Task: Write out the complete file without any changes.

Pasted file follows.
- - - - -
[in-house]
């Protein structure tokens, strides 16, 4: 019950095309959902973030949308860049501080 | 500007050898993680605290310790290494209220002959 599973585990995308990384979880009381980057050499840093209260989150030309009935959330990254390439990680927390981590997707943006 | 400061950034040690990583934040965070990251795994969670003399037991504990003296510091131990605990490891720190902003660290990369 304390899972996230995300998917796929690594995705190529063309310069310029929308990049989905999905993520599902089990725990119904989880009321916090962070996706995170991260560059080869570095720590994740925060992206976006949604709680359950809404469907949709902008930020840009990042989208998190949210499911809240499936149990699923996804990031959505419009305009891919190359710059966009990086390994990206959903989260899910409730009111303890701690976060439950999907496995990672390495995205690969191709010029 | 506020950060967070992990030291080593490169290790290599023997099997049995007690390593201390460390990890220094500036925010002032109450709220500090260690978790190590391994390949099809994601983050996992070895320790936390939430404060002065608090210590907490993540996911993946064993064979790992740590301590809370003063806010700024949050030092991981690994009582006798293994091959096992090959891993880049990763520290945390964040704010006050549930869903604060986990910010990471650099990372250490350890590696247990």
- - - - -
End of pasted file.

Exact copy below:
[in-house]
């Protein structure tokens, strides 16, 4: 019950095309959902973030949308860049501080 | 500007050898993680605290310790290494209220002959 599973585990995308990384979880009381980057050499840093209260989150030309009935959330990254390439990680927390981590997707943006 | 400061950034040690990583934040965070990251795994969670003399037991504990003296510091131990605990490891720190902003660290990369 304390899972996230995300998917796929690594995705190529063309310069310029929308990049989905999905993520599902089990725990119904989880009321916090962070996706995170991260560059080869570095720590994740925060992206976006949604709680359950809404469907949709902008930020840009990042989208998190949210499911809240499936149990699923996804990031959505419009305009891919190359710059966009990086390994990206959903989260899910409730009111303890701690976060439950999907496995990672390495995205690969191709010029 | 506020950060967070992990030291080593490169290790290599023997099997049995007690390593201390460390990890220094500036925010002032109450709220500090260690978790190590391994390949099809994601983050996992070895320790936390939430404060002065608090210590907490993540996911993946064993064979790992740590301590809370003063806010700024949050030092991981690994009582006798293994091959096992090959891993880049990763520290945390964040704010006050549930869903604060986990910010990471650099990372250490350890590696247990």